Chloe Westley is the Campaign Manager of the TaxPayers’ Alliance.
Labour’s position on Brexit is a shambles. One moment they are committed to delivering the result, the next they are calling for a second referendum. Not even Jeremy Corbyn has a clue about how he would negotiate Britain’s exit from the EU, and he was unable to remember the ‘six tests’ that Labour has set for any Brexit deal.
This confusion fuels anti-democratic sentiments amongst Labour MPs who are embarrassed that so many of their constituencies voted to leave. It also makes leave supporting Labour voters wonder if their trust in the party has been misplaced.
By contrast, the one thing that the Conservative cabinet are united on is that Brexit should go ahead. Theresa May has remained firm in her commitment to respecting the result of the referendum, making it clear that there will be no second referendum under her watch.
Making Brexit a success should be central to the Conservative Party message, and as we kick off conference this year, I’m sure there will be several events, debates and speeches about how we should leave the EU, and what to do afterwards. Yes, there will be a small gang of anti-democrats, but the majority of participants will be looking forward constructively to how to seize the opportunities that Brexit provides. Where the Labour Party message on Brexit is confusion, the Conservative party’s should be determination and vigour.
And of course, the big thing that the continuity Remain campaign has failed to grasp, is that Brexit was never about precisely how we left the EU, but what could be achieved in this country outside of it. We will take back control, in spite of Tony Blair’s best efforts, and the Conservative Party should be leading the national conversation about what to do with that control.
There is a huge appetite for change – something which Jeremy Corbyn and John McDonnell hope to capitalise on, in order to push forward their radical socialist agenda. Higher taxes, clamping down on business, public ownership of industry, significant restrictions of the rights of the individual, and a crack down on the press. These are dangerous policies that deserve our criticism, but as I have previously written on this website, we shouldn’t assume that criticism of Corbyn alone is enough to persuade voters that this important and exciting place in Britain’s history should be guided by a Conservative government with liberal values.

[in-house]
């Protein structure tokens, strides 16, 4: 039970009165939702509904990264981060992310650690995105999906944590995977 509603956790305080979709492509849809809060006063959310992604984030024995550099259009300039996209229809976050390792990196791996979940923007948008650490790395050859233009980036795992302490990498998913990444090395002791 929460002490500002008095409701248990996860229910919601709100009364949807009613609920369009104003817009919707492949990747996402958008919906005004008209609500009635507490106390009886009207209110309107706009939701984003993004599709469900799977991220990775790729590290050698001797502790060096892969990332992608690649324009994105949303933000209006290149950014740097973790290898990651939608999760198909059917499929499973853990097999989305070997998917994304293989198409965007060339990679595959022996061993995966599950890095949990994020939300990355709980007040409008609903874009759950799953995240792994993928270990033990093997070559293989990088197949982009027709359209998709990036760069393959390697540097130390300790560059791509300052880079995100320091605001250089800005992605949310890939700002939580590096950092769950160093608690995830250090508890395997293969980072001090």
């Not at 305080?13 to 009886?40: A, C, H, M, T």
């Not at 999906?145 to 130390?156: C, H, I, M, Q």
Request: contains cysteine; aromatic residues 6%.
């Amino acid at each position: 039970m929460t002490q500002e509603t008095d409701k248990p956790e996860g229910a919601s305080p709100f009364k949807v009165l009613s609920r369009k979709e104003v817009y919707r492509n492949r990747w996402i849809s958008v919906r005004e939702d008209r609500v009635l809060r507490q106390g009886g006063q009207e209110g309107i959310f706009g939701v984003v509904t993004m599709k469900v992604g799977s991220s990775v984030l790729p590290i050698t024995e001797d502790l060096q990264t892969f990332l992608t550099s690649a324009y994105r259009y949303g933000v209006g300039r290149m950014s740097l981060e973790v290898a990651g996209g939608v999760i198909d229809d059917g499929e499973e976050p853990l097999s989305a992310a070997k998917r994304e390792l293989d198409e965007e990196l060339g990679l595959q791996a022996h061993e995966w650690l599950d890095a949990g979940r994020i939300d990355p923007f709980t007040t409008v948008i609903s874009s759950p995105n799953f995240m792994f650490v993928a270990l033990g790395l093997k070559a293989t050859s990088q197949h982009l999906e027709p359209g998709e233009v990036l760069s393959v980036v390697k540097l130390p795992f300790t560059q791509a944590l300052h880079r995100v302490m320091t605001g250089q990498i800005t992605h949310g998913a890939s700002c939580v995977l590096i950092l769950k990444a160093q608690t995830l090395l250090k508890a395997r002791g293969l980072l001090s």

Britain after Brexit won’t only be determined by the final deal – which hopefully will mirror the IEA’s Canada plus model – but also about the domestic policies that the Government puts in place in the lead up to March next year. Will the government take bold action on housing, perhaps even by building on parts of the green belt? Could HS2 be scrapped and money spent on improving wi-fi and phone signals instead? How could automation revolutionise public services?
These are just some of the debates and panels that I’m excited to be going to this year at party conference – and as I’ve now been to a couple of these I can safely say that the fringe events are where the party is at.
As Cabinet ministers make quite unambitious speeches, a heated battle of ideas takes place in tents and rooms outside the main venue. Today, for example, I’ll be speaking on a panel with Priti Patel MP, Helen Dickinson (CEO, British Retail Consortium), Lance Forman (Owner, H. Forman & Son Smoked Salmon), and Adam Marshall (Director General, British Chambers of Commerce) about what business wants after Brexit. Given the organisation that I proudly represent, you won’t be surprised that I’ll be making the case for some tax cuts. But there are also so many things to discuss about skills, about whether there should be retraining programmes to prepare for automation, about which tariffs should be lowered when we (hopefully) leave the customs union – the list goes on. Gosh – I’m excited already!
This is the last Conservative Party conference before Britain leaves the EU. It’s not a time to be tinkering around the edges with obscure technocratic policies, or proposing bizzare taxes on milkshakes. It’s also not the time to be introducing Corbyn-lite policies like increased taxation on foreign ownership.
It’s a time for real, genuine reform. There are people and think tanks with the ideas to beat Jeremy Corbyn’s, and if I were May, I’d be listening to activists at fringe events instead of beating to Whitehall’s hesitant drum.
People want change, and if the Conservative Party isn’t ambitious enough to deliver it, then they will vote for someone who is.